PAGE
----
Journal cover Journal topic
Biogeosciences An interactive open-access journal of the European Geosciences Union
Journal topic
Volume 15, issue 3
Biogeosciences, 15, 749–765, 2018
https://doi.org/10.5194/bg-15-749-2018
© Author(s) 2018. This work is distributed under
the Creative Commons Attribution 3.0 License.
Biogeosciences, 15, 749–765, 2018
https://doi.org/10.5194/bg-15-749-2018
© Author(s) 2018. This work is distributed under
the Creative Commons Attribution 3.0 License.

Research article 07 Feb 2018

Research article | 07 Feb 2018

Phytoplankton growth response to Asian dust addition in the northwest Pacific Ocean versus the Yellow Sea

Chao Zhang1, Huiwang Gao1,2, Xiaohong Yao1, Zongbo Shi3, Jinhui Shi1, Yang Yu1, Ling Meng1, and Xinyu Guo4 Chao Zhang et al.
  • 1Key Laboratory of Marine Environment and Ecology, Ministry of Education of China, Ocean University of China, Qingdao, China
  • 2Laboratory for Marine Ecology and Environmental Sciences, Qingdao National Laboratory for Marine Science and Technology, Qingdao 266071, China
  • 3School of Geography, Earth and Environmental Sciences, University of Birmingham, Birmingham, UK
  • 4Center for Marine Environmental Studies, Ehime University, Matsuyama, Japan

Abstract. In this study, five on-board microcosm experiments were performed in the subtropical gyre, the Kuroshio Extension region of the northwest Pacific Ocean (NWPO), and the Yellow Sea (YS) in order to investigate phytoplankton growth following the addition of artificially modified mineral dust (AM dust) and various nutrients (nitrogen (N), phosphorus (P), iron (Fe), N + P, and N + P + Fe). The two experiments carried out with AM-dust addition in the subtropical gyre showed a maximum chlorophyll a (Chl a) concentration increase of 1.7- and 2.8-fold, while the cell abundance of large-sized phytoplankton ( >  5 µm) showed a 1.8- and 3.9-fold increase, respectively, relative to the controls. However, in the Kuroshio Extension region and the YS, the increases in maximum Chl a and cell abundance of large-sized phytoplankton following AM-dust addition were at most 1.3-fold and 1.7-fold larger than those in the controls, respectively. A net conversion efficiency index (NCEI) newly proposed in this study, size-fractionated Chl a, and the abundance of large-sized phytoplankton were analysed to determine which nutrients contribute to supporting phytoplankton growth. Our results demonstrate that a combination of nutrients, N–P or N + P + Fe, is responsible for phytoplankton growth in the subtropical gyre following AM-dust addition. Single nutrient addition, i.e., N in the Kuroshio Extension region and P or N in the YS, controls the phytoplankton growth following AM-dust addition. In the AM-dust-addition experiments, in which the increased N–P or P was identified to determine phytoplankton growth, the dissolved inorganic P from AM dust (8.6 nmol L−1) was much lower than the theoretically estimated minimum P demand (∼ 20 nmol L−1) for phytoplankton growth. These observations suggest that additional supply augments the bioavailable P stock in incubated seawater with AM-dust addition, most likely due to an enhanced solubility of P from AM dust or the remineralization of the dissolved organic P.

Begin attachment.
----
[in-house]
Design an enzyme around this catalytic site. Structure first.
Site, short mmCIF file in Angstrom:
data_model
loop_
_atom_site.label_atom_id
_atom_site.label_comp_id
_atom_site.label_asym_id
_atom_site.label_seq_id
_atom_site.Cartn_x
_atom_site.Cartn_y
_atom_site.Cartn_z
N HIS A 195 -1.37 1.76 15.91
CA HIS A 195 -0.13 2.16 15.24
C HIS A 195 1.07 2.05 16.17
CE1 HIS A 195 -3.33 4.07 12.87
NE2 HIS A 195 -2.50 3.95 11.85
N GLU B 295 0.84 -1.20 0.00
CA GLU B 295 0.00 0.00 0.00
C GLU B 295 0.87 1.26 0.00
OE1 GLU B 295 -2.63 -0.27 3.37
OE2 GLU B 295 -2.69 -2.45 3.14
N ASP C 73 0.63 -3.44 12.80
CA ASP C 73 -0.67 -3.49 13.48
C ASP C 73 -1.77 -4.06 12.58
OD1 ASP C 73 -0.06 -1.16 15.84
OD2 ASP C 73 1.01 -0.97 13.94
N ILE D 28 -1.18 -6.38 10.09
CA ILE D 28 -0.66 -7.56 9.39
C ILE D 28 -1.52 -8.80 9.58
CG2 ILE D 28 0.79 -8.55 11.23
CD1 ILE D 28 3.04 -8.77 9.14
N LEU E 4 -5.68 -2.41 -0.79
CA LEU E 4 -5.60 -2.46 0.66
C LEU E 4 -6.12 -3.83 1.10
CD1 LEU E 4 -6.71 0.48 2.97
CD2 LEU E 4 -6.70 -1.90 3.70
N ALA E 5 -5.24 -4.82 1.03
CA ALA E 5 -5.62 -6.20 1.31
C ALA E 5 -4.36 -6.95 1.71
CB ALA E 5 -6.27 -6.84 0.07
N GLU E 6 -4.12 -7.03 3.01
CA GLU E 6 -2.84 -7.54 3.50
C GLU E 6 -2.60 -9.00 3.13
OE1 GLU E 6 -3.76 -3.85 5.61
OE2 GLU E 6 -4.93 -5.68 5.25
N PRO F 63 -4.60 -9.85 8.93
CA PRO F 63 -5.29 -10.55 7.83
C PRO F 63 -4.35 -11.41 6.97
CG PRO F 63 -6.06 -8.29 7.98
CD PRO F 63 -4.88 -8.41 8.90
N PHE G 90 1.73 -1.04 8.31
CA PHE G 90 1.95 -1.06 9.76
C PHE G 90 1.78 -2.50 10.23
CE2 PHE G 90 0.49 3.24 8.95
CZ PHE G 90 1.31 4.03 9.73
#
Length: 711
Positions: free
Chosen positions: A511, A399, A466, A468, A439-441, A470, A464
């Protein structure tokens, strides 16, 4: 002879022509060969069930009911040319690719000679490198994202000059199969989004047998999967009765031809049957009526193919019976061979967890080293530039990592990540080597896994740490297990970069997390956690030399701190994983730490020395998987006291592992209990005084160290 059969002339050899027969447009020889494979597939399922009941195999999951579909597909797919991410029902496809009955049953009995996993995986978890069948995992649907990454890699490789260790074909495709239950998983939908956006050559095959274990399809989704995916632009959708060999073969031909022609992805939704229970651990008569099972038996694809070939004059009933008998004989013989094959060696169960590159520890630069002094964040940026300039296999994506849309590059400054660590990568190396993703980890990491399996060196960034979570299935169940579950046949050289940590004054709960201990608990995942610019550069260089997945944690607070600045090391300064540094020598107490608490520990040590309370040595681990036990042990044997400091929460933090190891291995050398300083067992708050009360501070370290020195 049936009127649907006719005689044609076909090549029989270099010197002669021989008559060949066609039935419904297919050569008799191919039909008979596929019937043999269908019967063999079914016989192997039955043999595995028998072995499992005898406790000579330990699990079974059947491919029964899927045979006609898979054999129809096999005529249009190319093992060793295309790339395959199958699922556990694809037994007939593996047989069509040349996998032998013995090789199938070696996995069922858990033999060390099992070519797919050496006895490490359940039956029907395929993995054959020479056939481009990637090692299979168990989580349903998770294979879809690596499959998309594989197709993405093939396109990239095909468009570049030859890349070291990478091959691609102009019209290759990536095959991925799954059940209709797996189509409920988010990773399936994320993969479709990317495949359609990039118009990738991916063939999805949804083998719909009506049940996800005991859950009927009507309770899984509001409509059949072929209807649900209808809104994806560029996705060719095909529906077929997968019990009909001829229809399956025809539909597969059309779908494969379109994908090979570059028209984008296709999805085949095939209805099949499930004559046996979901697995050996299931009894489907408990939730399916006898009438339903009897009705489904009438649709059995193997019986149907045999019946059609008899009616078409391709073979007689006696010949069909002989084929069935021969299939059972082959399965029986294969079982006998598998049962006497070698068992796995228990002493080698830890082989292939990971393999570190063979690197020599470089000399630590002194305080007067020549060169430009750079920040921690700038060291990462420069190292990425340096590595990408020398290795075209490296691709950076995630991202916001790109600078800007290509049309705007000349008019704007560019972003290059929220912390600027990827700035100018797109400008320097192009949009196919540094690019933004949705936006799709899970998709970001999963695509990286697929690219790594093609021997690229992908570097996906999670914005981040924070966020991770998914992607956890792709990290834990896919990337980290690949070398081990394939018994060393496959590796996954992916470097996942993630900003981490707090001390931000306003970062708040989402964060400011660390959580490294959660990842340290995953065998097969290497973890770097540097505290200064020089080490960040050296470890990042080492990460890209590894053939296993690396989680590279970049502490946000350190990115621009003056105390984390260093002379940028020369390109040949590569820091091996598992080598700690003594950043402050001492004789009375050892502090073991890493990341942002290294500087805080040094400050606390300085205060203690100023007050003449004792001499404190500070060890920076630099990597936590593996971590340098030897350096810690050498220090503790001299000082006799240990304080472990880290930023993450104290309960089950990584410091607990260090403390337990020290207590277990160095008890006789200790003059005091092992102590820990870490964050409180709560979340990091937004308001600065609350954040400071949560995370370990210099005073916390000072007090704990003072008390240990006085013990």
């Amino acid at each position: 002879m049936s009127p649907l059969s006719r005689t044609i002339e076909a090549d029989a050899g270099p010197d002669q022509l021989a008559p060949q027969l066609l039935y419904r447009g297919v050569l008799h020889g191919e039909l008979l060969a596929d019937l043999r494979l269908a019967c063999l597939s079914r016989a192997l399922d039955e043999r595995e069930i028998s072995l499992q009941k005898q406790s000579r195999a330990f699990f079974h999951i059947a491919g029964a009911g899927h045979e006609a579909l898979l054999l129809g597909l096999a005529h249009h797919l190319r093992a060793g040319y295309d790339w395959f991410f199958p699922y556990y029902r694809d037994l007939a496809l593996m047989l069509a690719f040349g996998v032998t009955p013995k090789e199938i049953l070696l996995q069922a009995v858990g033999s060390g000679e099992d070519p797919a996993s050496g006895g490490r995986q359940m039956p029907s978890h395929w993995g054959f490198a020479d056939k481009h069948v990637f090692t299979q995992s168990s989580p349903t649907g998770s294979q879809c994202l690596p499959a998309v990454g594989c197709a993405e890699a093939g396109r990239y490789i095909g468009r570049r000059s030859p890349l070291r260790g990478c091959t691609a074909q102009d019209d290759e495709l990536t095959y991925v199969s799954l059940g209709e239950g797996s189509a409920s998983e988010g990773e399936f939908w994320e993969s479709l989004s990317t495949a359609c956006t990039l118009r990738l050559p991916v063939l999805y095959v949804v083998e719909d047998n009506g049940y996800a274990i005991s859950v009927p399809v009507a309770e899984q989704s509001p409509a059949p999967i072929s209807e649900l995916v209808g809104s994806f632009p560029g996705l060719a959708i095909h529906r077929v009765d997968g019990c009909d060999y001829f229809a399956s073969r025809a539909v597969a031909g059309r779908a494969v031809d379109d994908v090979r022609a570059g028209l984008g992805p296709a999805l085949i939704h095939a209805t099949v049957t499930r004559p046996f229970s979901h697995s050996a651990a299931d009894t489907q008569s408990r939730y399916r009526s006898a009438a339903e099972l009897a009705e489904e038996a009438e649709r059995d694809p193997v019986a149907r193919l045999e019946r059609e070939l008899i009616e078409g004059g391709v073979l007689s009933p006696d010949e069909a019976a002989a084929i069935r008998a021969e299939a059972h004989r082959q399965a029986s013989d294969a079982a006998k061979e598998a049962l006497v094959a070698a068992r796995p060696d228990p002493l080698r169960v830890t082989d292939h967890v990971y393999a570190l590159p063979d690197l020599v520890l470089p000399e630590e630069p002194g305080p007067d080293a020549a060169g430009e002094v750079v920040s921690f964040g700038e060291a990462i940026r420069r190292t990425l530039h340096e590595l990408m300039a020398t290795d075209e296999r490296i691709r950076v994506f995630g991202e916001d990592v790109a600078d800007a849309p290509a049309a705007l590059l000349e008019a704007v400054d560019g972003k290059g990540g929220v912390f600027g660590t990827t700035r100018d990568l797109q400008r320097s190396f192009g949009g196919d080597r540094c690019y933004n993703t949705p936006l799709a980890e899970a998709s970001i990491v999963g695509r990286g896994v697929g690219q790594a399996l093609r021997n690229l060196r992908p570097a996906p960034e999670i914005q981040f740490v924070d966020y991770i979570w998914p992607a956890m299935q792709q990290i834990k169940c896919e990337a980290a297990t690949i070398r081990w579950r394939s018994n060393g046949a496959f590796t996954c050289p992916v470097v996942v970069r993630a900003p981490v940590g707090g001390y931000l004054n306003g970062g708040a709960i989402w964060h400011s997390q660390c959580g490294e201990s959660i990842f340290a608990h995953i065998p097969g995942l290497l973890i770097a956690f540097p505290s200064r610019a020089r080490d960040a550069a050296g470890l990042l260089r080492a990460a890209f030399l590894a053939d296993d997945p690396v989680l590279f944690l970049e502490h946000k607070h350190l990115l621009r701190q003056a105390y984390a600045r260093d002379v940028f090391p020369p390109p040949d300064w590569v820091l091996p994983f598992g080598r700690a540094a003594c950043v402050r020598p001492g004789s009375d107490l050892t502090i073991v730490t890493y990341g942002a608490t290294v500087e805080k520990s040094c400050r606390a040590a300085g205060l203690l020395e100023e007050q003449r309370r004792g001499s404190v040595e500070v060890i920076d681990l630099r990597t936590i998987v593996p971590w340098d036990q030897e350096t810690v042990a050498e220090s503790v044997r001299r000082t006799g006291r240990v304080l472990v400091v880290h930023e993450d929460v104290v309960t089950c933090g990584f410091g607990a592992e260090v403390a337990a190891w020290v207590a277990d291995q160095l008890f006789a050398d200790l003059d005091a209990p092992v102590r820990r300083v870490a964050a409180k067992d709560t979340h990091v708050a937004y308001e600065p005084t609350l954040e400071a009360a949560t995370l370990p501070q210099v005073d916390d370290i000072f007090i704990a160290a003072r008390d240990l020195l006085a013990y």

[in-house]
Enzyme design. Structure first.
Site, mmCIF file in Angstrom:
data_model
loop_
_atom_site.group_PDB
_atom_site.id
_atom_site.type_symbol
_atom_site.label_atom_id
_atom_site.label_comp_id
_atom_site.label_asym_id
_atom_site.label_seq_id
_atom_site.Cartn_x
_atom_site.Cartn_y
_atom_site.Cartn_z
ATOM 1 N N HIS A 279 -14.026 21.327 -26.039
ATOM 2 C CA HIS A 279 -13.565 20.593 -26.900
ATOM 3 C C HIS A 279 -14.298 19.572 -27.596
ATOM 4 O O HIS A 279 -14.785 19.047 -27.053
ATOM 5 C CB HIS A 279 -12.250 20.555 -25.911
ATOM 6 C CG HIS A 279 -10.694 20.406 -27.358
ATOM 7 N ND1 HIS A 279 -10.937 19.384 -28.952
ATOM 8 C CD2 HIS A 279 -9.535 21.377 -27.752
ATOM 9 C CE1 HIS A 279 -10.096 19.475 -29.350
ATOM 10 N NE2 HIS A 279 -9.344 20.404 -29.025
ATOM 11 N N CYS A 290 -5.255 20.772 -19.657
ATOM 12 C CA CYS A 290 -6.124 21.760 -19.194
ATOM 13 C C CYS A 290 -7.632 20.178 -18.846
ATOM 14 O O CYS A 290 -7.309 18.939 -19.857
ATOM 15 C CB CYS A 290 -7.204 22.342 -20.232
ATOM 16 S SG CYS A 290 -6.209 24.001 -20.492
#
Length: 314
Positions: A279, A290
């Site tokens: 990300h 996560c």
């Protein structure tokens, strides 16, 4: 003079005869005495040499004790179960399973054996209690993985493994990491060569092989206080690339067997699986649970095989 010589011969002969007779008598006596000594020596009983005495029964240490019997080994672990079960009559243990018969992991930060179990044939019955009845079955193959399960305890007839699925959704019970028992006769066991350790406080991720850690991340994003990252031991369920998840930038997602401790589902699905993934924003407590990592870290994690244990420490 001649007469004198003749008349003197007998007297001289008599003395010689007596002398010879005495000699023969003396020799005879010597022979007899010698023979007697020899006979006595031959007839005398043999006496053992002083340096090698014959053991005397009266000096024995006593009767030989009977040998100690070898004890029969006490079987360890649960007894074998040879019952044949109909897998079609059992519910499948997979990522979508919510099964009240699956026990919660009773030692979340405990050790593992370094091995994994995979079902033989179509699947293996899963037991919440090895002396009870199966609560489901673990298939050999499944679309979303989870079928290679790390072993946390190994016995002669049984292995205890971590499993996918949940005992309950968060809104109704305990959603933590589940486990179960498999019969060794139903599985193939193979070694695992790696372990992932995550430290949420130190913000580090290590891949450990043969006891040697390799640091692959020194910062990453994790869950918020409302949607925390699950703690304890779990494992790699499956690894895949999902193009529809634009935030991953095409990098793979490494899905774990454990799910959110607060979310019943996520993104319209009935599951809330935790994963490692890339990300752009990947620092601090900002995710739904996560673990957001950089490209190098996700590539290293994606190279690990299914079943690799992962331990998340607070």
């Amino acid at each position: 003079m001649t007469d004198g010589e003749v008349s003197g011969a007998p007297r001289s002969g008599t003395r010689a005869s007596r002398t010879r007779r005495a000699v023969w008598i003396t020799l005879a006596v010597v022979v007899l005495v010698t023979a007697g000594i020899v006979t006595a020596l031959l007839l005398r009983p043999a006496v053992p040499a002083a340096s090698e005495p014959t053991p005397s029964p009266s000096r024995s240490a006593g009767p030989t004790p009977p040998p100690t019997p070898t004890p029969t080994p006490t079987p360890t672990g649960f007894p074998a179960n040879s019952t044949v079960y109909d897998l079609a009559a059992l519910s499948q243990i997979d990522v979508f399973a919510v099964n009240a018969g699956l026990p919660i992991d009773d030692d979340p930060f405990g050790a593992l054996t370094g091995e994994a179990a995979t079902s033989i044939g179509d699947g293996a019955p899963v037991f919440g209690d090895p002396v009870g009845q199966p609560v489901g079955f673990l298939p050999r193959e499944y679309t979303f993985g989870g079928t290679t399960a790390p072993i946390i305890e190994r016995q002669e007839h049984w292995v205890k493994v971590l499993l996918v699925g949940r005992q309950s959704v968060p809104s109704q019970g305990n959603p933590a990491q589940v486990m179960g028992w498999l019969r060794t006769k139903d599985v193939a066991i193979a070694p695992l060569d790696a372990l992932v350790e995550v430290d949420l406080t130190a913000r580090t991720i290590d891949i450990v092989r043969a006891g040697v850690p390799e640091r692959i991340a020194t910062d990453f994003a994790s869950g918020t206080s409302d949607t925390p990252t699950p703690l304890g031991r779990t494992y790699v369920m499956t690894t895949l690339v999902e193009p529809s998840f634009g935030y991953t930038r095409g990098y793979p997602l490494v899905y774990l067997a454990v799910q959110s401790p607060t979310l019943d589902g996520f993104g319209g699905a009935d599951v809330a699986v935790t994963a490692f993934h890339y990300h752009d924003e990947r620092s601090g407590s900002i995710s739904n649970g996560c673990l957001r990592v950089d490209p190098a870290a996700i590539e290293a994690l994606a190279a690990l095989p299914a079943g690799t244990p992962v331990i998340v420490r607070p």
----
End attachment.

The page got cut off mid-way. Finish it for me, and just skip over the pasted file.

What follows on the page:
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This study compares the response of phytoplankton growth in the northwest Pacific to those in the Yellow Sea. In general, larger positive responses of phytoplankton induced by combined nutrients (in the subtropical gyre of the northwest Pacific) than those induced by a single nutrient (in the Kuroshio Extension and the Yellow Sea) from the dust are observed. We also emphasize the importance of an increase in bioavailable P stock for phytoplankton growth following dust addition.
This study compares the response of phytoplankton growth in the northwest Pacific to those in...
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